Angophora subvelutina facts for kids
Quick facts for kidsBroad-leaved apple
|Angophora subvelutina near Tenterfield, New South Wales|
|Occurrence data from AVH|
Angophora subvelutina, commonly known as the broad-leaved apple, is a species of tree that is endemic to eastern Australia. It has rough bark on the trunk and branches, lance-shaped to egg-shaped or elliptical adult leaves, flower buds in groups of three or seven, white or creamy white flowers and ribbed, cup-shaped fruit.
Angophora subvelutina is a tree that typically grows to a height of 17–25 m (56–82 ft) and forms a lignotuber. It has rough, fibrous or flaky, greyish bark on the trunk and branches. Young plants and coppice regrowth have sessile, egg-shaped to elliptical or lance-shaped leaves that are 50–110 mm (2.0–4.3 in) long and 25–50 mm (0.98–1.97 in) wide arranged in opposite pairs with a stem-clasping base. Adult leaves are also arranged in opposite pairs, paler on the lower surface, lance-shaped to egg-shaped or elliptical, 60–120 mm (2.4–4.7 in) long and 20–50 mm (0.79–1.97 in) wide with a stem-clasping base. The flower buds are arranged on the ends of branchlets on a branched peduncle 9–30 mm (0.35–1.18 in) long, each branch of the peduncle with three or seven buds on pedicels 4–10 mm (0.16–0.39 in) long. Mature buds are globe-shaped, 4–6 mm (0.16–0.24 in) long and wide with a ribbed floral cup. The petals are white or creamy white with a green keel, about 3 mm (0.12 in) long and 3–4 mm (0.12–0.16 in) wide. Flowering occurs from November to January and the fruit is a cup-shaped capsule 8–11 mm (0.31–0.43 in) long and 6–11 mm (0.24–0.43 in) wide with ribbed sides and the valves enclosed in the fruit.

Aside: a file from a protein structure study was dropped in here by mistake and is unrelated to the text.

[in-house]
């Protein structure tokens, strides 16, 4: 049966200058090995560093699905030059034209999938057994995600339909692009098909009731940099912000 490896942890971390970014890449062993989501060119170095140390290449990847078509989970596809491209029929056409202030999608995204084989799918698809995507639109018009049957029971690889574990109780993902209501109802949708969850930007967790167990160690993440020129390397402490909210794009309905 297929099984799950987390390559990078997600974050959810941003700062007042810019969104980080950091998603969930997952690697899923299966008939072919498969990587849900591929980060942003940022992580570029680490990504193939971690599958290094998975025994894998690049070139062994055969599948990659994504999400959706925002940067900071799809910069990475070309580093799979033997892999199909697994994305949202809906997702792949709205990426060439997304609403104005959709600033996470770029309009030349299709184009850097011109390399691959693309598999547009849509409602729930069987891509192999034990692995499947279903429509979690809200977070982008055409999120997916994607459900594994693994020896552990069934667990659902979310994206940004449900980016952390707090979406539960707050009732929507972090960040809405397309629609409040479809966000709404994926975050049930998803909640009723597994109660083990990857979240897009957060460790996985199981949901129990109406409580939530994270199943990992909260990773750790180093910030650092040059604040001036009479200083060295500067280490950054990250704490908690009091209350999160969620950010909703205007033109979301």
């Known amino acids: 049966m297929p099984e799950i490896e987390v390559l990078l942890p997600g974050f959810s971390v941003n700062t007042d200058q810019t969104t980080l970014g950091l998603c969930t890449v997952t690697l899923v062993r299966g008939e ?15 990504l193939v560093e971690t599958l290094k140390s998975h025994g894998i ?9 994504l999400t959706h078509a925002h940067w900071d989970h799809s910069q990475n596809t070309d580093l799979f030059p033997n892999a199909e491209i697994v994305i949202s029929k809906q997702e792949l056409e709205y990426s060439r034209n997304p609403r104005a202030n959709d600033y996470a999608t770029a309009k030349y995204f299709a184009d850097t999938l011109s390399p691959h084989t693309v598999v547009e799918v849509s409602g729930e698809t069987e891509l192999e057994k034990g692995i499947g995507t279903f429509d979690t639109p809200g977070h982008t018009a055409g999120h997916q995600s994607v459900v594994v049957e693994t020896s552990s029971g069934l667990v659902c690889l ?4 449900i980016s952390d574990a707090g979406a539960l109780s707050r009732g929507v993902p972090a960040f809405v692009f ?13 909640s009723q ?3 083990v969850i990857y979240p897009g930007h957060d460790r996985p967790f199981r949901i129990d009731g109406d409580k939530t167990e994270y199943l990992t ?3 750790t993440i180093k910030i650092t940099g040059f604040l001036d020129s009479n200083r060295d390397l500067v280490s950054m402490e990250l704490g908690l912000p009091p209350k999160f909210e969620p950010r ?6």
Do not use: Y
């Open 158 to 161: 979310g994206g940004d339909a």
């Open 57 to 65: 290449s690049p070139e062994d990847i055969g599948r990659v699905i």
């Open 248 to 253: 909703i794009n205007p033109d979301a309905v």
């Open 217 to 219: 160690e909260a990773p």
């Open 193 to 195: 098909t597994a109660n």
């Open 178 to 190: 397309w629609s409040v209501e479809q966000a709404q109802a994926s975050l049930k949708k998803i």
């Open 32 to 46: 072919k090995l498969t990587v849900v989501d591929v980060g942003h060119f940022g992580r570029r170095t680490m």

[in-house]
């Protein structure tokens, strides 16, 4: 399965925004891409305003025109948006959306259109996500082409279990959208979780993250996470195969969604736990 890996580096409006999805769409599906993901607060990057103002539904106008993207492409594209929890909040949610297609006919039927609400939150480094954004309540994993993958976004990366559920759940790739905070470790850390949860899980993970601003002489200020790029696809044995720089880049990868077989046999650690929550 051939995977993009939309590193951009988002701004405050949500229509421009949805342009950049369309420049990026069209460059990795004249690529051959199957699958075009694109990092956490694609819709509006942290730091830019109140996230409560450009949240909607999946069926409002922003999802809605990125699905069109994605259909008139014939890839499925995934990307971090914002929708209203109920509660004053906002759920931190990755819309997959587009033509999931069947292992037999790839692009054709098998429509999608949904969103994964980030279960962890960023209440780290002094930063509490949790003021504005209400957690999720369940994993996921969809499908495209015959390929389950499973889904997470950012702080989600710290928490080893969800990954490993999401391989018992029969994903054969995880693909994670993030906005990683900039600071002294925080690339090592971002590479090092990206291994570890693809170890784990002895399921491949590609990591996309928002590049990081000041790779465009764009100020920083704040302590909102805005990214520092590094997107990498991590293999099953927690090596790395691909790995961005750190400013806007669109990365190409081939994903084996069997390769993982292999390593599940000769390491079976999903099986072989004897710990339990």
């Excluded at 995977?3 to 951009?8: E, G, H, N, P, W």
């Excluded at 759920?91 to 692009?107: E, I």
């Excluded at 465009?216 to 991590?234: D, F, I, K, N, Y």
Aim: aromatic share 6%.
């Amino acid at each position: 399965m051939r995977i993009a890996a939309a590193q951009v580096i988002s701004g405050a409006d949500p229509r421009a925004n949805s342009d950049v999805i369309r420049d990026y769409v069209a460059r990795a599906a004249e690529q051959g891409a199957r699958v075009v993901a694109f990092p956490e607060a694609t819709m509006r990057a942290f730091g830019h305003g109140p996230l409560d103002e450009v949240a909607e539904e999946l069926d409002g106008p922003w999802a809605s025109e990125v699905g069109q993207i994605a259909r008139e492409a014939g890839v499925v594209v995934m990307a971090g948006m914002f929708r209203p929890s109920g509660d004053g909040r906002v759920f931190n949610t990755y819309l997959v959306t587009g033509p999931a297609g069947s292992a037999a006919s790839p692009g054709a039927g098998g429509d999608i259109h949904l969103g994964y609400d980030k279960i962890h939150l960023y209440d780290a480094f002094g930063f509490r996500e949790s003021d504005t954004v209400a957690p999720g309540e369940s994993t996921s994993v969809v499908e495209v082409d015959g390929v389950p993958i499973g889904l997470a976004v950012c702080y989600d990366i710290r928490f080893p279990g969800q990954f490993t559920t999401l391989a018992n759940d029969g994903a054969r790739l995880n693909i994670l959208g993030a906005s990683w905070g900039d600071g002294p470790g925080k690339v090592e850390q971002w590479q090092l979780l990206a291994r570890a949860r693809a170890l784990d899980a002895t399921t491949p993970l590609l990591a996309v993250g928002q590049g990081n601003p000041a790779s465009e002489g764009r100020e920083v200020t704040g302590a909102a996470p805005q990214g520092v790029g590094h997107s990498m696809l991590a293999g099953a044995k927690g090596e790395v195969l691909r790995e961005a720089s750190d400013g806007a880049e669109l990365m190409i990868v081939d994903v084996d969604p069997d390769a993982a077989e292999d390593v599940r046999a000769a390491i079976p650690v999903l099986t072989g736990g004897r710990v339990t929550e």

Taxonomy and naming
Angophora subvelutina was first formally described in 1858 by Ferdinand von Mueller in his book Fragmenta phytographiae Australiae. The specific epithet subvelutina is from Latin, and it translates to "almost velvety".
Distribution and habitat
Broad-leaved apple grows in open forest in alluvial soil and gravelly clay. It is found mainly in near-coastal areas from near Bundaberg in Queensland and south to near Taree and disjunctly to near Araluen in New South Wales.
The 1889 book 'The Useful Native Plants of Australia’ records that "The Rev. Dr. Wolls states that these "apple trees" are sometimes cut down to keep cattle alive in dry seasons, as the leaves are relished by them."
Angophora subvelutina Facts for Kids. Kiddle Encyclopedia.